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Amexica This was my beach read for our Thanksgiving vacation to Florida I was so thoroughly engrossed I barely remember any details from our holiday This fascinating angering and heartbreaking report is very well researched and written and the authorreporter so well versed and caring so much about the subject matter that I began an instant obsession with the region as well as its our vexing issues Ed Vulliamy is wise to trace the root of the problem beyond America's drug addiction and subseuent arms smuggling He points to the much larger fault of theoretical globalization and the scars left after corporate flight Although depressing sickening and rage inducing he leaves us with hope from non profit saintly groups and individuals A well informed piece of traveloguereportage of the literally torturous history of the US – Mexico border in the era of the War on Drugs It captures well the way in which the simple stories of opposition between nefarious drug lords and virtuous Mexican government is blatant misrepresentation On the contrary there has long been a series of not very cozy condominia between various drug cartels and both local and national factions of the Mexican government The most important aspect of the book is it's unflinching examination of the symbolic and instrumental use of violence on the part of various factions in Mexico most obviously including the various kaleidoscope of mutating cartels but also encompassing the Mexican government's own response For those who have not followed events in Mexico closely the images will undoubtedly be shockingAs Vulliamy makes clear the brutalization of the war on drugs is in fact a perverse reflex of the democratization of Mexican politics so long as the PRI monopolized political power from 1917 until about 2000 drug dealers knew who they had to pay off and territories were clearly defined which minimized the violent contestation of the plazas the staging areas for the transshipment of drugs into the US With the break up of the PRI's political monopoly it has become unclear who should be bribed or who has the authority to dictate territorial arrangements Likewise the increasing professionalization and fairness of the Mexican judiciary has ironically made it much harder to secure convictions for drug related crimes including murder — which has increased the impunity with which crimes are committed Vulliamy also pays attention to the way in which US stances on drugs and related deviant activities have created the conditions for the brutalization in Mexico Not only is the US's insatiable demand for drugs to primary driver of the drug economy but so is the US effort to crack down on domestic production of drugs Likewise Vuillamy emphasizes the role of the iron river of guns flowing from the United States into Mexico in the growing violence in Mexico Nor does he shy away from the important role of racism in defining not only the US goals in the conflict but also the daily behavior of both policymakers and front line agents Moreover he wisely notes that just as the fragmentation of political authority in Mexico is a precondition for the violence in that country so is the fragmentation and competitiveness of different US antidrug bureaucracies a key factor in the ineffective US government response to the challenges of drug tradeVulliamy's narrative focus stays mostly on the front lines of the conflict the drug dealers the border agents the innocent and not so innocent bystanders He is less interested in the underlying economics of the narcotics industry For example he pays little attention to the central role of money laundering in the war on drugs other than noting the DEA's disinterest in following the money — which is not exactly accurate nor about the role of the US prison industrial complex nor about the bureaucratic incentives in favor of hardening and militarizing the campaign The result is a fascinating narrative with vivid characters that alas remains somewhat analytically incomplete In the end he does not ask the most fundamental uestion why does this hopeless war continue decade after decade? Perhaps because of his unrelenting focus on violence Vulliamy largely affirms the metaphor of war to describe the regulation of the transnational drug economy So far my main goal is to try to get over how many spelling mistakes there are in the Spanish and focus on what Vulliamy is saying It is difficult given I am still only at the prologue and I've tallied 14 mistakes so far which is frankly embarrassing for Vintage Hopefully it won't get worse though clearly it will and I will be able to get through Amexica without hurtling it across the room unfinished Here's to hopingOkso ages later I've finished My verdict is that this book is little than poverty porn with a pathetic and ineffective attempt at analysis I was especially put off by the chapter talking about feminicide which did nothing than enumerate murders without trying to understand the phenomenon Vulliamy rattles off horrible incidents of death torture violence you name it and rarely attempts to analyse anything from it Makes me think somewhat of the crap I produced at university aged 20Also seriously having lived in Mexico in 20034 I feel I know about the country and the national psyche than he does erroneously or not and certainly did not recognise the country or the people I fell in love with granted I was in Puebla but I didn't think it was as simple as he put it All in all a really average misguided book I hope people take it with a pinch of salt because it's badly researched or really only insofar as it serves its own ends and is riddled with mistakes Fantastic read and a really important book everybody should read it and be aware of the atrocities happening everyday in MexicoLove the very poignant closing line by Munoz the Tijuana pathologist I live like a man who sits eating a delicious taco on the street there aware that every moment could be his last One bullet and he is dead A literally shocking non fiction account of the drugs war raging on the Mexican American border and the breakdown of society that this is in turn promoting The book starts in a fairly dry way but soon becomes a gripping dialogue for the dead as the atrocities and breakdown of society are catalogued through accounts from not only the people trying to address the problems but also from the bereaved the addicted the detritus of this burnt out society that still functions despite itself Soon enough it reads like the worst excesses of a James Ellroy or Don Winslow crimehorror novel all the gripping because you know it’s true despite the fact that you have to strain to believe it Are the drug barons the police the army and the judiciary caught up in some sort of demonic campaign to kill women for kicks? The book infers that this is the case Are the worst of the junkies alcoholics and mentally ill patients interred in charitable hostels being systematically massacred by death suads in some sort of attempt at social cleansing? uite possibly the book states and takes you to the places that these massacres occurred the author literally walking through the pools of congealed blood as he traces the killers’ undisguised bootprints on their killing trail through one of these erstwhile sanctuaries It is shocking stuff As the book progresses it becomes concerned with socio economic issues such as the exploitation of cheap labour in Mexico by global American corporations which is probably a book in itself But it's the drug wars that glue both sides of the border together with the drugs going north and the guns running south What to do about it though?Part travelogue part history part social study and almost always a bit of a horror story Amexica is an eye opener but don't be surprised if you want to close them just as uickly Maybe they should just legalise the lot of it and see where it takes us For white middle class America this situation woud be utterly unthinkable and intolerable as intolerable as the lives of the Mexicans living on the borderline already is Fantastic book mostly about the drug war raging on the US México border All aspects are covered including the army's and policy fight against and often complicit involvement with the narcos the war's effect on immigration the recent involvement of Native border tribes in the issue the complicity of the mauiladoras in providing the grounds for recruitment the complicity of the US in regards to easy availability of weapons the lack of interest in following the money etc The book treats the whole border and all the major narco factions from the East coast California all the way to the Gulf of México Texas The format consists of interviews by the author of a sample of people affected by each of these issues Most of all it shows the brutality of the drug cartels and thereby the brutality with which the army has resorted to fighting themThe main thesis of the book which I think true but not uite as defended as it should be is that the drug war represents a foretaste to a post political globalized free market economy where multinational corporations such like the drug cartels have become seek profit at any cost without regard for the conseuences to peopleA rather encouraging as well as despairing trend revealed in the book is the involvement of women and The Church in the fight against the drug cartels Encouraging because in a society where the police will do nothing and in fact are often complicit with the drug cartels themselves to help the people they are meant to protect where the police and sometimes the army too are too scared to fight these criminals and with good reason people of good will the majority of which are women displaying that special genius of which John Paul II spoke and which was in full view at the Crucifixion of Jesus when all his Apostles scattered but the women remained and The Church are practically the only ones opposing the drug cartels speaking out against them organizing public protests trying to shame these bastards into acting humanely; that is they are practically the only ones exemplifying the dignity of the human person even in situations where such a concept appears to be folly and fairy tale like And yet the trend is despairing as well for anyone who speaks against the cartel be it priests police women politicians reporters army generals anyone ends up dead usually in some grotesue way and very often cruelly tortured and raped before being killed Despair is indeed uite close by evil has won; good is destroyed It takes soooooo much faith to believe that the example of human dignity displayed by these people far outweighs spiritually the evil being perpetrated and that therefore good will be triumphant in this world one day But one day seems so very far away when your children are being killedOverall I would recommend it to all the clueless Americans who do not see the connection between their drug habit and the terrible harm they are causing As was put in the book anytime someone inhales drugs they are inhaling human lives But I do not suppose those kind of people read books Amexica is the harrowing story of the extraordinary terror unfolding along the US Mexico border—a country in its own right which belongs to both the United States and Mexico yet neither—as the narco war escalates to a fever pitch thereIn 2009 after reporting from the border for many years Ed Vulliamy traveled the frontier from the Pacific coast to the Gulf of Mexico from Tijuana to Matamoros a journey through a kaleidoscopic landscape of corruption and all out civil war but also of beauty and joy and resilience He describes in revelatory detail how the narco gangs work; the smuggling of people weapons and drugs back and forth across the border; middle class flight from Mexico and an American celebrity culture that is feeding the violence; the interrelated economies of drugs and the mauiladora factories; the ruthless systematic murder of young women in Ciudad Juarez Heroes villains and victims—the brave and rogue police priests women and journalists fighting the violence; the gangs and their freelance killers; the dead and the devastated—all come to life in this singular book Amexica takes us far beyond today's headlines It is a street level portrait by turns horrific and sublime of a place and people in a time of war as much as of the war itself A point in time review of events along the US Mexico border during some of the worst of the narcotics related violence From the gruesome open warfare in Tijuana and Nuevo Laredo to the calm but chilling repression in Matamoros which has seen escalating violence since this was written Vulliamy sympathizes with the Mexican citizens who have gotten caught up in all the chaos The book details the rise of the various cartels the various territorial fights that shift along the border and the enormous flow of drugs heading north and guns and cash heading south Additionally he goes into detail about the relationship between all the twinned cities on the border the violence against young women in Ciudad Juarez the challenges of the mauiladoras and other subjects Not exactly a fun read but very informative An excellent read Sometimes these kind of books can be a bit on the dry side but Vulliamy does a great job of bringing to raw desperate life the people he talks to and the places he describes My interest in the whole War on Drugs subject had been sparked initially by reading Sam Hawken's 'The Dead Women of Juarez' and then the magnificent 'The Power of the Dog' by Don Winslow; but this book shows that nothing in fiction is as shocking as the events that now pass for daily life in the north of Mexico Highly recommended Author did a tremendous work to describe every aspect of this violent and unbelievably cruel warThe numbers of victims are terrifying and whe don't know when this conflict will finally endFor most of the people who lives among the cartels it's s dead end they have no choice left they need to cooperate with drug traffickers Sad thing is that there is no hope for them corruption and bribery is on every level from police military administration to politicians But we can't blame only Mexicans guilty are also the Americans as a clients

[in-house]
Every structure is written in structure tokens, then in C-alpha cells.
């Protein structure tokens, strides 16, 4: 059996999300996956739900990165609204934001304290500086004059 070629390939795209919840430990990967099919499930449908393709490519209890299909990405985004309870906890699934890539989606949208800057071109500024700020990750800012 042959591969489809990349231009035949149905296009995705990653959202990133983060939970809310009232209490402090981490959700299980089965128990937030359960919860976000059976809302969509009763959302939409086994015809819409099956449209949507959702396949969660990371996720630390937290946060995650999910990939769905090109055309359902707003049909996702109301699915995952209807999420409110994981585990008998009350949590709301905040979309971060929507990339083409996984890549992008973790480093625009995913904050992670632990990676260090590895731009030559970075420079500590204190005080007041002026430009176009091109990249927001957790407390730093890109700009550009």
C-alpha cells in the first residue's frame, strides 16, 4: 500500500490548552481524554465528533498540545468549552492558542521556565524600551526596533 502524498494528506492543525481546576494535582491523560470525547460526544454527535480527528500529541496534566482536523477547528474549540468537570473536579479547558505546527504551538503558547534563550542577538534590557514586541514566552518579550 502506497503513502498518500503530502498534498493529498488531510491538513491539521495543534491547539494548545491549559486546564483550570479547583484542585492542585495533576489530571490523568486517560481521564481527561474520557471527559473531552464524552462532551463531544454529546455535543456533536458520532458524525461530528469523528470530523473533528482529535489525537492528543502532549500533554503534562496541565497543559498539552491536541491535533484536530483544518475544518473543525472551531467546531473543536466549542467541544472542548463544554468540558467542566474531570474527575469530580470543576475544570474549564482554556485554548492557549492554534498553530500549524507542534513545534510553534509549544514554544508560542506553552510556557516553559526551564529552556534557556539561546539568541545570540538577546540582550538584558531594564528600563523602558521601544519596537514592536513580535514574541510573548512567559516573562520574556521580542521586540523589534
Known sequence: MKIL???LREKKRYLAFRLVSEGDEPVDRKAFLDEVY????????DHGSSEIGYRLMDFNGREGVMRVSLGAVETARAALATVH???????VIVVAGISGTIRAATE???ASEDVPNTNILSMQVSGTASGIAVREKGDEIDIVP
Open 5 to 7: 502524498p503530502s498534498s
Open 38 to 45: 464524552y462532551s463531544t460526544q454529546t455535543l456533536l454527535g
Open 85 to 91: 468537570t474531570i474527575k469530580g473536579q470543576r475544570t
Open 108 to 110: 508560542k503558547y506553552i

• ebook
  • 368 pages
  • Amexica
  • Ed Vulliamy
  • English
  • 05 December 2016
  • 9781429977029